- Both 28 years old
- Both working full time with stable jobs
- No debts (no student loans, cars are paid, etc.) except a 80$/month 0% interest 2 years loan for home furnitures.
- Family income: about 130 000$/year + few government benefits (we have a 2 years old son)
- Mortage (signed June 2018): about 236 000$ at 3.14% fixed for 4 years. That's 1 192$/month. We already increased that amount to 1 500$/month to pay it faster.
- I have an emergency fund account of 25 000$. I will probably invest 15 000$ and keep 10 000$ as security. My GF has an emergency fund account of about 4000$.
- We contribute to a RESP for our son (family plan, we manage it through our bank). 1 200$/year and government throws 20% of that amount for a total of 1 440$/year. We started contributing 2 years ago and will continue to do so for the next ± 16-18 years.
Before buying our house, I had an automatic transfer from my bank account to a RRSP account of 150$/week for a total of 7 800$/year. When doing my taxes, I get about 37% of that amount in taxes return - about 2 886$. The interest rate of that RRSP is about 3.93%/year (mutual fund, so it can vary). Right now, there's about 15 000$ in that account.
Now, my question is: should I put that 7 800$ toward my mortage knowing that 3.93% of 15 000$ is a lot lower than 3.14% of 236 000$? I generate less money from my savings than the interests from my mortage. I wouldn't stop contributing to my RRSP account totally as my employer has a DPSP program. With that program, I get about 6 000$ per year (3000$ directly taken from my pay and 3000$ from my employer). I also don't need the 2 886$ from taxes return as I usually used that money to buy luxuries (computer parts, etc.).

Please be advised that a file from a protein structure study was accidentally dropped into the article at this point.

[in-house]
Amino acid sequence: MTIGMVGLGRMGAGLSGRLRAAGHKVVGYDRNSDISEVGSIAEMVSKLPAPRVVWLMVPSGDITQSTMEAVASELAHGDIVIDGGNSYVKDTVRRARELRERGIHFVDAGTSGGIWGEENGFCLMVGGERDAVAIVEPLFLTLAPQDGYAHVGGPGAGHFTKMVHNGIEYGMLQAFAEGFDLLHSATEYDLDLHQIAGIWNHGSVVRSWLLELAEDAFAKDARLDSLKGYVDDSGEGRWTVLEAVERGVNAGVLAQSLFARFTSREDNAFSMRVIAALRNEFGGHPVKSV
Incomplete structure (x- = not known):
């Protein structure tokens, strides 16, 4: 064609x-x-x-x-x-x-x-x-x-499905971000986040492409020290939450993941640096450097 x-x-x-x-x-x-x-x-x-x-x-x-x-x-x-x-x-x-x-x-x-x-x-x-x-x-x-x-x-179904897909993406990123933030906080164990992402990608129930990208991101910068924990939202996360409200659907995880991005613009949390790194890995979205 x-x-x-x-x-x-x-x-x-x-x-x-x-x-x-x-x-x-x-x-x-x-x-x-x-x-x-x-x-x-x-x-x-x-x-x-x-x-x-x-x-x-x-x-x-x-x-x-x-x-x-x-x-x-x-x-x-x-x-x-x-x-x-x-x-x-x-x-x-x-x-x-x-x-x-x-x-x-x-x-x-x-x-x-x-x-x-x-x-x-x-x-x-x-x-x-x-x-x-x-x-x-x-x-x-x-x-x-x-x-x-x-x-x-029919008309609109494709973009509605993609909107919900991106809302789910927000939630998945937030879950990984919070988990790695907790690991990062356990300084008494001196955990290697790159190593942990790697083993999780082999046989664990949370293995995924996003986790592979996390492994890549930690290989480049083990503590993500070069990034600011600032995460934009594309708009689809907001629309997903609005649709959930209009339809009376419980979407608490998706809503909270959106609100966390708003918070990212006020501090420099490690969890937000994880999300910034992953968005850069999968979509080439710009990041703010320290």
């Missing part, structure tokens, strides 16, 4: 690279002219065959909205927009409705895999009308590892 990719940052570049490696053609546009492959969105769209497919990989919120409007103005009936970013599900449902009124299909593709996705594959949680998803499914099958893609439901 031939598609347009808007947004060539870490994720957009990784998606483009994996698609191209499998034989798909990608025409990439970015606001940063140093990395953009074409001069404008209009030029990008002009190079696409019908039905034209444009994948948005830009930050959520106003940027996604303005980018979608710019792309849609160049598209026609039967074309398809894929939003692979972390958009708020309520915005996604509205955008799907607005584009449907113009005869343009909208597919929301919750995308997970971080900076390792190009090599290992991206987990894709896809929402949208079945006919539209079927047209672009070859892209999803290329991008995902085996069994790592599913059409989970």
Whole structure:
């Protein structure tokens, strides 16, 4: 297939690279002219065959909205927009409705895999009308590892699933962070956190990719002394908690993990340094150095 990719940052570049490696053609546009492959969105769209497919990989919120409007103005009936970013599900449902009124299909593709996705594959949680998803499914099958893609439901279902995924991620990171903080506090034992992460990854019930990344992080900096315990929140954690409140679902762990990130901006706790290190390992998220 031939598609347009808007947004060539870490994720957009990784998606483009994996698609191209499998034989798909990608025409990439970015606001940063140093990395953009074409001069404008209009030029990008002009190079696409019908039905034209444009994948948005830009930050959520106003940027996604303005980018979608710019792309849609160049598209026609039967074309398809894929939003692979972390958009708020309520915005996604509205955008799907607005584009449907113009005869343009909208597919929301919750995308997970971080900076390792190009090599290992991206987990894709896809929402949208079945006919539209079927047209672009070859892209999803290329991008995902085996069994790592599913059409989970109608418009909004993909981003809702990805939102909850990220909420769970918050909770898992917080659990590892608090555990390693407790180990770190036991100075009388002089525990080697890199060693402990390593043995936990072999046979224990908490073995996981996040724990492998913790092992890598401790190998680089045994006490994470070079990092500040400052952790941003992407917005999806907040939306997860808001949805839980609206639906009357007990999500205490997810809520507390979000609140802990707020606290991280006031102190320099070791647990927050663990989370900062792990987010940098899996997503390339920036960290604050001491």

A registered education savings plan (RESP) is a contract between an individual (the subscriber) and a person or organization (the promoter).
Under the contract, the subscriber names one or more beneficiaries (the future student(s)) and agrees to make contributions for them, and the promoter agrees to pay educational assistance payments (EAPs) to the beneficiaries.
An RRSP is a retirement savings plan that you establish, that we register, and to which you or your spouse or common-law partner contribute. Deductible RRSP contributions can be used to reduce your tax.
Any income you earn in the RRSP is usually exempt from tax as long as the funds remain in the plan; you generally have to pay tax when you receive payments from the plan.
A DPSP is a plan that allows a portion of a company's profits to be shared with employees. Since the amounts contributed to the plan come from the company's profits, contribution amounts can differ from one year to the next.